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Focus on Poland: While waiting for Pollywood, producers stick to auteur trend

Marta Sikorska 2007-10-19

Warsaw (CentEast Daily News) -- For years the most remarkable trend in Poland has been auteur cinema dealing with contemporary social issues. Polish cinema is not only the domain of renowned masters such as Wajda or Zanussi.

One of the most interesting filmmakers, Krzysztof Krauze, has a film output of works based on true events and biographies: young people taking revenge on their persecutor (The Debt - 2000), a naive painter famous in the 1960s (My Nikifor - 2004, winner of a Crystal Globe, the main award of the Karlovy Vary festival. The leading male part was played by actress Krystyna Feldman, who won for Best Actress in Karlovy Vary). Another valued maker of auteur films is Marek Koterski - his controversial films Day of the Wacko (2002) and We're All Christs (2006) deal with what Poles hold sacred: family, the intelligentsia, and Catholicism.

Polish animated films enjoy a special position (The Cathedral, dir. Tomek Bagiński - nominated for an Oscar 2004). Another animated film, Peter and the Wolf by the UK's Suzie Templeton, was hugely popular at presentations worldwide; this puppet film was the largest co-production in Polish animation for years.

Shot in huge decorations built in the halls of the Łódź Film Centre and the Se-ma-for studio, the film took more than eight months to make. The production crew numbered over 120 people. The film was a co-production of Se-ma-for Produkcja Filmowa and the British company Break Thru Peter in association with the Storm studio of Norway, with financial support from Channel Four. The puppets, decorations, cinematography, and digital image processing were all done in Poland. This animated film received a prestigious nomination for a BAFTA award in 2007.

It is one of several co-productions made in Poland recently. Directors who decided to shoot their latest productions here, with Polish actors in the cast, include David Lynch (Inland Empire), Peter Greenaway (Nightwatching), and Ken Loach (It's a Free World). A Polish city, Wałbrzych, and its environs was the setting for Molly's Way directed by Emily Atef. It's a story about a young Irish woman's search for a man from Poland who is the father of her unborn child.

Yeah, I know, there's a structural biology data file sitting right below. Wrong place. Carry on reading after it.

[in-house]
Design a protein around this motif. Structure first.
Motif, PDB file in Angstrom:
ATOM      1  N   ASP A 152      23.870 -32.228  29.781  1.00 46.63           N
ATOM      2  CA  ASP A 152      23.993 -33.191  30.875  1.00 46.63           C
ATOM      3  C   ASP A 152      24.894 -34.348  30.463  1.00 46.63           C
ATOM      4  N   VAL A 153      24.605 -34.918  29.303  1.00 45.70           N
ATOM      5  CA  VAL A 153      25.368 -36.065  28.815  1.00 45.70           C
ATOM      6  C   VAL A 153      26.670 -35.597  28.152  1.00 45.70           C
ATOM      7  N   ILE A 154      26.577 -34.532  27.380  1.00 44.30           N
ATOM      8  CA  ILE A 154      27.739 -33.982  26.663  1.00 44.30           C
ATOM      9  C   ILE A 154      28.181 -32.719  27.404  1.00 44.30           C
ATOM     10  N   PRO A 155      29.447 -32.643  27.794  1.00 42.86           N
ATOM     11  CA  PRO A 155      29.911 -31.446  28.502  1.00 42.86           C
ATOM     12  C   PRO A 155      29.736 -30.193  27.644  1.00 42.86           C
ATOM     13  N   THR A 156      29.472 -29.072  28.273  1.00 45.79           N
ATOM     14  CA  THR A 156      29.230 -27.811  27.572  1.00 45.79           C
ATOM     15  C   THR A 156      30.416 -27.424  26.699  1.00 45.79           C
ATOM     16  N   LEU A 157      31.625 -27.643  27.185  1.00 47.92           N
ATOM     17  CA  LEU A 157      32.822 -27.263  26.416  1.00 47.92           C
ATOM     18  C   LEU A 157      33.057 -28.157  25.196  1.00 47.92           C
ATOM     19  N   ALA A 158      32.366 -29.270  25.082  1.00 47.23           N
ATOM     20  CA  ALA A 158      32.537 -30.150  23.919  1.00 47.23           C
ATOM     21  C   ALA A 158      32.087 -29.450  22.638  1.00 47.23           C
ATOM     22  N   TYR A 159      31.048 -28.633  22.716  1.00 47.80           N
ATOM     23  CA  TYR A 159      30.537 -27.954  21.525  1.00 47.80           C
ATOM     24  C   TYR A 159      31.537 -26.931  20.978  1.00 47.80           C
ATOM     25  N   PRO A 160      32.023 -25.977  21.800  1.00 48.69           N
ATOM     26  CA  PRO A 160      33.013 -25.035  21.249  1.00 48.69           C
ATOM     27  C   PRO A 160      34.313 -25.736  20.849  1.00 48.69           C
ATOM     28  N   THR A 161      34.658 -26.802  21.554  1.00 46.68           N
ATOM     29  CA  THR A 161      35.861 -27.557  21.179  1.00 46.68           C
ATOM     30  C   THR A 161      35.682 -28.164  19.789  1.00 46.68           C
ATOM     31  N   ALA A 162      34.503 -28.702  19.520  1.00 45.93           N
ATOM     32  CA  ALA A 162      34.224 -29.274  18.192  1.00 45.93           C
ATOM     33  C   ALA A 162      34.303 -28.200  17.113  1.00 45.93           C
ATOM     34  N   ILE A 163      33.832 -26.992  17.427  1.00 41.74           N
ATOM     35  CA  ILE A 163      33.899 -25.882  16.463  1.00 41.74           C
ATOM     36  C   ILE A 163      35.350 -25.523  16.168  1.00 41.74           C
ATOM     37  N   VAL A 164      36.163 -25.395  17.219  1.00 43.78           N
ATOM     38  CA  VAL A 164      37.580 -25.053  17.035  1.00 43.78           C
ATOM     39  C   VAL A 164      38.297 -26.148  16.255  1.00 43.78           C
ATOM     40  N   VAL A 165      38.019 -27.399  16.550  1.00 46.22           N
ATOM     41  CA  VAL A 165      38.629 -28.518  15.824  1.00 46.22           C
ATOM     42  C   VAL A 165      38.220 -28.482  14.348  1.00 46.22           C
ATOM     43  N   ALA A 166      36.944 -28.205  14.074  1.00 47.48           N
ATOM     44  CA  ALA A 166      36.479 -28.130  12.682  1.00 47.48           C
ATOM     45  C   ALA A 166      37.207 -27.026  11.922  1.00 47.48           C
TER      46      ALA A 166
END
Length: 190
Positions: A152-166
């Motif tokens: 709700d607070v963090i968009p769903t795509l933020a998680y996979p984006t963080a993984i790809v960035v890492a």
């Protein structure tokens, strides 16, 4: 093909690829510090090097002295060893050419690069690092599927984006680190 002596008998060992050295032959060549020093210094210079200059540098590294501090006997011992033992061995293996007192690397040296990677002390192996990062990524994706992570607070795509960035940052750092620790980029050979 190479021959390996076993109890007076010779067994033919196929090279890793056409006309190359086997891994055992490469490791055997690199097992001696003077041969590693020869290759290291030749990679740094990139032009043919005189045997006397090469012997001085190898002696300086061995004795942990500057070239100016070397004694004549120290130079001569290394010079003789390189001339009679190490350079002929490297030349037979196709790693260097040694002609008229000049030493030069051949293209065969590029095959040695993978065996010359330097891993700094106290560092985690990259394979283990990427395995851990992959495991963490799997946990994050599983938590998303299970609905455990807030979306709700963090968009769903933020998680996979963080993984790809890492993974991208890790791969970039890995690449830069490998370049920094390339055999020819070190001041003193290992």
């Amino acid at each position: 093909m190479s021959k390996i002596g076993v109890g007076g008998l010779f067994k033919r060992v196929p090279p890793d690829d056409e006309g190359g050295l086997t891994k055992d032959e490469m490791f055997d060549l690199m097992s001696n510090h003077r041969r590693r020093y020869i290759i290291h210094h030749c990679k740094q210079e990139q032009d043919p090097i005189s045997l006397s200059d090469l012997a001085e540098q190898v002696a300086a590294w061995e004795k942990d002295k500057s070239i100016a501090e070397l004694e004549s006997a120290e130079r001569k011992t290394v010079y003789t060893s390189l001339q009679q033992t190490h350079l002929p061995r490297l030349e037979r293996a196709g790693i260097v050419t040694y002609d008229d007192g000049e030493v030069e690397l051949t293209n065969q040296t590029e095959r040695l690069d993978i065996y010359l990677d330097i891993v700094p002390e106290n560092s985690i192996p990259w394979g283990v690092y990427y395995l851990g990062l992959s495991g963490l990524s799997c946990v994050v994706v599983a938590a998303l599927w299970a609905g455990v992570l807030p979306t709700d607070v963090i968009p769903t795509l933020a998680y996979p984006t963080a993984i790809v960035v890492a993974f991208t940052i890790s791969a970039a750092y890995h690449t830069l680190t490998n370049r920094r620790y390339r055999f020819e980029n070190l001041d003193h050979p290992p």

The achievements of the Polish film industry are presented at a sizable number of domestic film festivals taking place all over the country. The most important of these is the Polish Film Festival held annually in September in Gdynia, in existence since 1974. The main awards of this festival are the Golden Lions.

Under the Law on Cinematography, which has been in force in Poland since July 2005, Polish culture is supported by the participants of the audiovisual market: television stations, cable TV operators, digital platforms, distributors, and cinemas. Many films and also series are made with huge financial support from Polish public television TVP.

At the initiative of the Polish Film Institute and the Association of Polish Filmmakers, an agreement was signed on June 13, 2006 to construct a technology park. The cinema city - already dubbed Pollywood by some local film buffs - will be a complex of halls, production studios, and other technical facilities, located in Nowe Miasto on the River Pilica, about 79 kilometres from Warsaw.

The land assigned for the town is a former military airfield covering 467 hectares, with buildings offering 23,000 square meters of usable space. There will be 10 sound stages with office and employee facilities. Productions will include feature films, documentaries, but also commercials and series. The target crew will comprise about 150-200 permanent staff and about 1,000-1,500 during production. At present there are about 84 production companies in Poland and five film studios, the oldest established in 1949.

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